Inheritance Tax Versus Estate Tax: What’s the Difference?

6:24 pm Uncategorized

Inheritance tax and estate tax are in fact two very different things. While both usually diminish the overall value of the estate, one taxes the beneficiaries and the other taxes the entire estate.

Inheritance tax is how individual beneficiaries of an estate are taxed. For the property, assets, intellectual property or any other portion of an estate that an individual receives, he must pay an inheritance tax. On the other hand, the estate tax is how the federal government taxes the entire estate of the deceased person.

Generally, estate tax is managed by the executor of the estate. The executor of the deceased’s estate will be in charge of filing an estate tax return which will deduct the amount of tax owed to the government from the whole estate.

You should know whether or not your individual state imposes its own inheritance or estate tax — most states no longer impose estate taxes, but some still enforce inheritance tax. California for example no longer has an inheritance tax or estate tax, but that does not mean that a California estate is not subject to the federal estate tax — this means that your Newport Beach estate plan should include a defense strategy such as a California Living Trust to protect your assets to the highest degree possible. It is important to ask your estate planning attorney what inheritance and estate tax could mean for your estate.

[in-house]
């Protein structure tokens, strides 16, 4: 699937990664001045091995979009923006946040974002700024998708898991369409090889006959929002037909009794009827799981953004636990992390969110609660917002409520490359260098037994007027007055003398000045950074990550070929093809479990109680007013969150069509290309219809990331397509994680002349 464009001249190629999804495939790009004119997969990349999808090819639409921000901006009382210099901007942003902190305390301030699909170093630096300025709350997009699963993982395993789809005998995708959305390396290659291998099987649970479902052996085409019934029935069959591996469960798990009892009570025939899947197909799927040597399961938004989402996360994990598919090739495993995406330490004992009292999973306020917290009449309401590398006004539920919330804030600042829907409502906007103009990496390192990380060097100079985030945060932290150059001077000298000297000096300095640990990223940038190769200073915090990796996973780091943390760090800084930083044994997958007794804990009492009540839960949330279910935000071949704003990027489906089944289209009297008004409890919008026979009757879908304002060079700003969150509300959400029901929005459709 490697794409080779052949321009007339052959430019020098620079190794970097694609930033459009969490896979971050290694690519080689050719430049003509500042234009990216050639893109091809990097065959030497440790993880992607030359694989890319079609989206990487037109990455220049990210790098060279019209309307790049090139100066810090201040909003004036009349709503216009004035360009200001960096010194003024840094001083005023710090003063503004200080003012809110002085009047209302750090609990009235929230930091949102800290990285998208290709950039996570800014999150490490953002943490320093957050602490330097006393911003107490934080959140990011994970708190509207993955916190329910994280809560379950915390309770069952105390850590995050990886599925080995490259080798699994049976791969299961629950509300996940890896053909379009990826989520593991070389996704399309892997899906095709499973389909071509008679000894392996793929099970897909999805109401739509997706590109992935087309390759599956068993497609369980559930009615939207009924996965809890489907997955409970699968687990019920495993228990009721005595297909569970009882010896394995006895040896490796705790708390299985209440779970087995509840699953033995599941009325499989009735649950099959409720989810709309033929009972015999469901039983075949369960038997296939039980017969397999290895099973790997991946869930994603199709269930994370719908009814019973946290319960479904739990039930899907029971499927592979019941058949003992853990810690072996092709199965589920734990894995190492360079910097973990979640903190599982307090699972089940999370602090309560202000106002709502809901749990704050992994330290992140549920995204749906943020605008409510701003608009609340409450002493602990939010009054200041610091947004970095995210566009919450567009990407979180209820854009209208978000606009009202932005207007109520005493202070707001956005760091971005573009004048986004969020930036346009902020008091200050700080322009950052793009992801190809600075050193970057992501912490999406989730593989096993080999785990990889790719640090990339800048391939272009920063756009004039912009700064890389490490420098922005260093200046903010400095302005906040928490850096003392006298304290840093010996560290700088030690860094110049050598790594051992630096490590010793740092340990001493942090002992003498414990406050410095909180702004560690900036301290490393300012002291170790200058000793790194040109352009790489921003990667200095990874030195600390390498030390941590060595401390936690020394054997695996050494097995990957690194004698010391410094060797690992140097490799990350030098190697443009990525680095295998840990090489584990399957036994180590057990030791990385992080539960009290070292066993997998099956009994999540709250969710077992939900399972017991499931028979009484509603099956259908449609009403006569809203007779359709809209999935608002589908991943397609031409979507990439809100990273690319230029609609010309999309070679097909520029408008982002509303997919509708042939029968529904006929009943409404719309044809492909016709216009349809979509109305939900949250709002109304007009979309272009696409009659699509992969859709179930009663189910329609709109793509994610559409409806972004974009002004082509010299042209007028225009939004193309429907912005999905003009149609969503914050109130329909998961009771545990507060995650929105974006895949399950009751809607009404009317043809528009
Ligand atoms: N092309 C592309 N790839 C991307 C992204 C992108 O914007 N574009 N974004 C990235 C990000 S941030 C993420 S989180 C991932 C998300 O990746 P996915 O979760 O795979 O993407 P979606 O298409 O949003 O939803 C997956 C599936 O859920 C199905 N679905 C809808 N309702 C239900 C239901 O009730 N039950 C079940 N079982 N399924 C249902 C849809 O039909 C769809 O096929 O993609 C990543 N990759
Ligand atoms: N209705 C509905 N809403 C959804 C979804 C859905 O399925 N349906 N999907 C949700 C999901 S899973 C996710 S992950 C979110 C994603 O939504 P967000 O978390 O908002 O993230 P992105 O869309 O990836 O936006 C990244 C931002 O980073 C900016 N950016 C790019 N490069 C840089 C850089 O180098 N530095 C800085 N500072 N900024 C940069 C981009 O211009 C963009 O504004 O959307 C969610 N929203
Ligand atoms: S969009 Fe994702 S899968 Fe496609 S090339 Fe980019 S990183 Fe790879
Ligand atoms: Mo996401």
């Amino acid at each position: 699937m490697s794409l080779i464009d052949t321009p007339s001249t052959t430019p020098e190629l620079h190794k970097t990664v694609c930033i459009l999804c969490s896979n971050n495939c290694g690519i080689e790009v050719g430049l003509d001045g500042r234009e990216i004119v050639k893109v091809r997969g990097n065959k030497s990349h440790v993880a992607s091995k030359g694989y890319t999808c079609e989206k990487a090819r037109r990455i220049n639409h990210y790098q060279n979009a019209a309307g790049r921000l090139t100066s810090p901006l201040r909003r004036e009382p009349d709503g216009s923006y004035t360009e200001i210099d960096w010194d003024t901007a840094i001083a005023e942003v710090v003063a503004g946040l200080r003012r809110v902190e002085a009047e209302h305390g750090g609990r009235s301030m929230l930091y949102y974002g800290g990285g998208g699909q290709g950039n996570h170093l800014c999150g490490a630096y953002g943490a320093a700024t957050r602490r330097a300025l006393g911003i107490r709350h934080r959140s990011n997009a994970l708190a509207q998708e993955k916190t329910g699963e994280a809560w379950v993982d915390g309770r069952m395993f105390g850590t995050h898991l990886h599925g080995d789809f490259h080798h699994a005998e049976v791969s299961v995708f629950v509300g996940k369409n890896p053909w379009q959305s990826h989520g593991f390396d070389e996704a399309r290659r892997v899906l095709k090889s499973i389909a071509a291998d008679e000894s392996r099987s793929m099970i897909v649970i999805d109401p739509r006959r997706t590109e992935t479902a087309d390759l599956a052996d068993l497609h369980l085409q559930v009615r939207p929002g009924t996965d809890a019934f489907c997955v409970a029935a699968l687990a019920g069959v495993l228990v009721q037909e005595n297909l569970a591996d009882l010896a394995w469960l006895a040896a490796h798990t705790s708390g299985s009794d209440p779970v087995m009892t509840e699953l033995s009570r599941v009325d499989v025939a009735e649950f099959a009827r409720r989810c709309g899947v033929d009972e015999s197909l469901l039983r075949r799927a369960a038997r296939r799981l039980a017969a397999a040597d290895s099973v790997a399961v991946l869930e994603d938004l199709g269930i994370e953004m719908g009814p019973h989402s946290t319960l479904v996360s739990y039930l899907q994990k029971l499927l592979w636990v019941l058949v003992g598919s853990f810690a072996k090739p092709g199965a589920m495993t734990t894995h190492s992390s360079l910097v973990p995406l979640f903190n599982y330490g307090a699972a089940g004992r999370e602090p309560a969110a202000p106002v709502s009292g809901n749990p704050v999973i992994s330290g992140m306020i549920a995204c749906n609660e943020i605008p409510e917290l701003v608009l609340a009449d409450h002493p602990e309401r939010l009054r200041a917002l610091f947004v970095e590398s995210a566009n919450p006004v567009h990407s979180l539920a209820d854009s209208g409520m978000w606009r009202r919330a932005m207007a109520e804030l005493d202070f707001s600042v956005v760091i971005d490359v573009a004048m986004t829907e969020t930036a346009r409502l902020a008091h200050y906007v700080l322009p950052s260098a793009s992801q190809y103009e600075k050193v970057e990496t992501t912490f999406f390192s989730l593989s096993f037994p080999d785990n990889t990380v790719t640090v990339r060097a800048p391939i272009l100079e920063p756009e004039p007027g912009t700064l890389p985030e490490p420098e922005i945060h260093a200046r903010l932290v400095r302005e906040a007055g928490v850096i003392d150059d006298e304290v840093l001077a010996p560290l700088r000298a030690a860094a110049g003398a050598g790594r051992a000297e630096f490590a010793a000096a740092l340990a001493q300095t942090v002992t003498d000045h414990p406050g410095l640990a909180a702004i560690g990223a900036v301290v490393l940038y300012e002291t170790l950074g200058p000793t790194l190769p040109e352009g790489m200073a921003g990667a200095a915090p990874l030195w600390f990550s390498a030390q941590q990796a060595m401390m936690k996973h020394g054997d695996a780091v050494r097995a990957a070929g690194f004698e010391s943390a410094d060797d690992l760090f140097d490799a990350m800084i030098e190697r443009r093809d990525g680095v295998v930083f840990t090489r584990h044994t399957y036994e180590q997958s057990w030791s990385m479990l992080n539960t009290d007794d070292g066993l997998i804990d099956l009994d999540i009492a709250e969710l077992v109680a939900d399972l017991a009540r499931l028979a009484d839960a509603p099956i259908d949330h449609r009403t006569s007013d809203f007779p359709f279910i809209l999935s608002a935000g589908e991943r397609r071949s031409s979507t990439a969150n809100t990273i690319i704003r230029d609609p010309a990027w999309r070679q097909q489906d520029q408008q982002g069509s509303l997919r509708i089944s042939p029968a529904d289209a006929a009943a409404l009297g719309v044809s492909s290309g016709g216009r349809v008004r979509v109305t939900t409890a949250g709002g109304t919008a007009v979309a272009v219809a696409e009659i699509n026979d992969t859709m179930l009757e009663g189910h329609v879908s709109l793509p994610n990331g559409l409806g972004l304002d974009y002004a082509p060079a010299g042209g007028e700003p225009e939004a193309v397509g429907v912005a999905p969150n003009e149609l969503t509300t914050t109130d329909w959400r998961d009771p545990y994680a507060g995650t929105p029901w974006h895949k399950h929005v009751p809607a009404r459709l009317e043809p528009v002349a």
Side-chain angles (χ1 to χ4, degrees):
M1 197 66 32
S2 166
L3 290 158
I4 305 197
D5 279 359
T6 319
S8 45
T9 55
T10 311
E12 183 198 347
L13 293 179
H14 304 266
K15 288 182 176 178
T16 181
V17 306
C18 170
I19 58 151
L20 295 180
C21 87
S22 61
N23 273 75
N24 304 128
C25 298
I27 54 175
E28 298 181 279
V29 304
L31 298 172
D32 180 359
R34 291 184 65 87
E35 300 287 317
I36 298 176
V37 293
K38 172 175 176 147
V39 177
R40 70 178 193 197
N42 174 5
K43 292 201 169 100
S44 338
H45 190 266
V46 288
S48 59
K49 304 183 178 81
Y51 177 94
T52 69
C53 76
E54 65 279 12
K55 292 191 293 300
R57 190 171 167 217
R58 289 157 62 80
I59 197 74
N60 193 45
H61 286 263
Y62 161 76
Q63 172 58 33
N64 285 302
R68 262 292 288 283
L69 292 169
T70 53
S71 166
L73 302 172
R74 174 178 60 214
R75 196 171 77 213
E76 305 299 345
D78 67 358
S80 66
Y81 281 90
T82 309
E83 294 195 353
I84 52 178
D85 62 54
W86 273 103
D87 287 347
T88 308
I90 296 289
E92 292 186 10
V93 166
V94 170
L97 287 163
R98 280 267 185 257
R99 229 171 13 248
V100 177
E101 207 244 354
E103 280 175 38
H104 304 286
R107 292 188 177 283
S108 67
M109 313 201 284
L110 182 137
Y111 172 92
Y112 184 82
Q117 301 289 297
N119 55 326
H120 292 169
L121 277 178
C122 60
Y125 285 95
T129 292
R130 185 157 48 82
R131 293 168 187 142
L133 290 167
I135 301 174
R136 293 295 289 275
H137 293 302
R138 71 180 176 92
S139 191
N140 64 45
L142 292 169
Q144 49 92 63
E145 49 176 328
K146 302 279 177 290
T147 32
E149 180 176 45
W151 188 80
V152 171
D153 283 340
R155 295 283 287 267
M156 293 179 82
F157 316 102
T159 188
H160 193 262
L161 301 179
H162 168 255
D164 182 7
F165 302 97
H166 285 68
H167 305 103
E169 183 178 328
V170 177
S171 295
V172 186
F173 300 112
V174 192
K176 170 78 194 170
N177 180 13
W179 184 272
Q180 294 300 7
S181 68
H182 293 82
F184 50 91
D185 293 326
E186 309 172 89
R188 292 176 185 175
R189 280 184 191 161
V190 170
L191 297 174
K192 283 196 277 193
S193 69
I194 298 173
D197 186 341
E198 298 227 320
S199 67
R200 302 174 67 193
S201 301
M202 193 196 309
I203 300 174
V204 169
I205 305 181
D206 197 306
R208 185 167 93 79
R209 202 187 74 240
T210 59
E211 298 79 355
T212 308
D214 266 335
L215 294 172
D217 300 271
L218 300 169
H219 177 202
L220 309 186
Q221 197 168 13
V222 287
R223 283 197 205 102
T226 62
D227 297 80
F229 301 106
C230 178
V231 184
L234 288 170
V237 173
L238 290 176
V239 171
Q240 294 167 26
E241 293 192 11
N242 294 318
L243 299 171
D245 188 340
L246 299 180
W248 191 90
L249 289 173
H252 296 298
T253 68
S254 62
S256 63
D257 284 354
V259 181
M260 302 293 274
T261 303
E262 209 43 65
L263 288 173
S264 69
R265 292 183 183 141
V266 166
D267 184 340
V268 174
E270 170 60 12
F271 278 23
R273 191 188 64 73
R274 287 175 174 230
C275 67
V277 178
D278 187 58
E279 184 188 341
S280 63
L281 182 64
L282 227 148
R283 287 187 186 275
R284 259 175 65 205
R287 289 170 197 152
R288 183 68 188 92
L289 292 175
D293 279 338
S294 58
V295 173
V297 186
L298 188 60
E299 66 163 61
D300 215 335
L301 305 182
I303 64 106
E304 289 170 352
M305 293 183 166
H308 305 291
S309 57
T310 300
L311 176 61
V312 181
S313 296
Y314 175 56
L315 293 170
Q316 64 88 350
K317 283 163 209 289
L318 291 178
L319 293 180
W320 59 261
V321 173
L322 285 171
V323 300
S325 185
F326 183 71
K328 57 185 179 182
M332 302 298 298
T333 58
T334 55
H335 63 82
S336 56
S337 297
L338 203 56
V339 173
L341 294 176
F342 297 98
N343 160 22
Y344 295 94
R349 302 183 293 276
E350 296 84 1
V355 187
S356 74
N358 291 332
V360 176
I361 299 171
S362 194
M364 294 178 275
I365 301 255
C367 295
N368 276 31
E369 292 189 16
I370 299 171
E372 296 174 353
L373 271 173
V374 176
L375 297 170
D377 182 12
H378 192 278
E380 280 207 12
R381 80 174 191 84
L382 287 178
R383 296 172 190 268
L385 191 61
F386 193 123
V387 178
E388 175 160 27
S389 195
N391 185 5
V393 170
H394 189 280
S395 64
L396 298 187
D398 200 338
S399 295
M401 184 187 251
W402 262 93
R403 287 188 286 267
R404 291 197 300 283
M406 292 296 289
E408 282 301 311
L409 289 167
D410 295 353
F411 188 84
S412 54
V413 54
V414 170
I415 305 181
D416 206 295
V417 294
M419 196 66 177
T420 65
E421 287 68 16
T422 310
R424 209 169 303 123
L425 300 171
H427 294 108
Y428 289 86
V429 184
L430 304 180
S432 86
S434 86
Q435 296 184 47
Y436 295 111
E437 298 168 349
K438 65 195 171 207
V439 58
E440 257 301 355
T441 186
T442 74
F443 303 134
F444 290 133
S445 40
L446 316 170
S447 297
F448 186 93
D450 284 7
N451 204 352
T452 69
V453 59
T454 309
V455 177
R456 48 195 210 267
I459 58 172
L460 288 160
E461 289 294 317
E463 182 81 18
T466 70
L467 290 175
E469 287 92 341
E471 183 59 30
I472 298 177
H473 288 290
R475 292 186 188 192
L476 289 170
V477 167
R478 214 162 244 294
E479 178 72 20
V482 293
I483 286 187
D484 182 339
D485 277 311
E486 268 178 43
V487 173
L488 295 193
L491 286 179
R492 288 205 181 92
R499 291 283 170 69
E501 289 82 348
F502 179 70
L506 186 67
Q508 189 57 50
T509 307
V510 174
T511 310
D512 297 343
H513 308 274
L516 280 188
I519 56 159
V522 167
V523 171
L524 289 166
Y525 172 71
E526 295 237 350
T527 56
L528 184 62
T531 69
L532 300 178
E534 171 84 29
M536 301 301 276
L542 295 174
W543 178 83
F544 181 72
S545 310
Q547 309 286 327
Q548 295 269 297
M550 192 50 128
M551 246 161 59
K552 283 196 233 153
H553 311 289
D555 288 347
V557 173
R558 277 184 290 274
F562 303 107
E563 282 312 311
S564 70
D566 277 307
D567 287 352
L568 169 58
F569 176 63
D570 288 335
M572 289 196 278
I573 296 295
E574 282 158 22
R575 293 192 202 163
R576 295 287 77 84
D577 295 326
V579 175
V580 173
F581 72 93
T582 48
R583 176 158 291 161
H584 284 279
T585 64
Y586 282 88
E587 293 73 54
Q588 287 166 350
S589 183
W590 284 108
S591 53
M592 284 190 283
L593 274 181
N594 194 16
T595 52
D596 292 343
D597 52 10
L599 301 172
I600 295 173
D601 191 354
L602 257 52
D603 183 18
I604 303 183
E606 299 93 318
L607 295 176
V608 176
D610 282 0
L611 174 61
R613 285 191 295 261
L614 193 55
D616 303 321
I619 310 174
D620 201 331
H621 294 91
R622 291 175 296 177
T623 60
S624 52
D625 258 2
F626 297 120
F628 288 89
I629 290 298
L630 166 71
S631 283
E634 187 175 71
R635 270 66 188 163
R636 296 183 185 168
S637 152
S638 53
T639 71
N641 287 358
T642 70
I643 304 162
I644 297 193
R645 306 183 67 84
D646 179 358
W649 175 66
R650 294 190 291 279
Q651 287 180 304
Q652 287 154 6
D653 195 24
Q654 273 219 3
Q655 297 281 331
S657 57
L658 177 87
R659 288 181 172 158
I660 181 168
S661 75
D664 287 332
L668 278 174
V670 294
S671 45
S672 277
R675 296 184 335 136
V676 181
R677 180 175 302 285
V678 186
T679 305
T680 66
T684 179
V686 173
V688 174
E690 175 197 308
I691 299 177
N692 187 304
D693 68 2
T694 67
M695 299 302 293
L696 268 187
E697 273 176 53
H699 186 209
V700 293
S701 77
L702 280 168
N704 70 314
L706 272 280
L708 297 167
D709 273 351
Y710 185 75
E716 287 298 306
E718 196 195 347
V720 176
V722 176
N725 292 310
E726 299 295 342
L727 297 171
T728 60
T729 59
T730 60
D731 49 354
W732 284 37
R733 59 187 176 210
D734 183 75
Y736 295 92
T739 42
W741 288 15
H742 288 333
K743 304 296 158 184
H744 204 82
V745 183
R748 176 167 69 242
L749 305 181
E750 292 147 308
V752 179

Remember, as a beneficiary of an estate it is your responsibility to pay your inheritance tax if one applies. Ask your estate planning attorney how the inheritance law works in your state and how he can help you follow through with this responsibility. The upside? If there is an inheritance tax imposed, generally the percentage is lowered for beneficiaries that are immediate family, such as the decedent’s children and surviving spouse.

It is especially important for you to consider a living trust for asset protection in California if your estate is valued at more than two million dollars as this is the cutoff for estate tax exemption.

Your California legal and financial planning experts are at your service; Contact us today.

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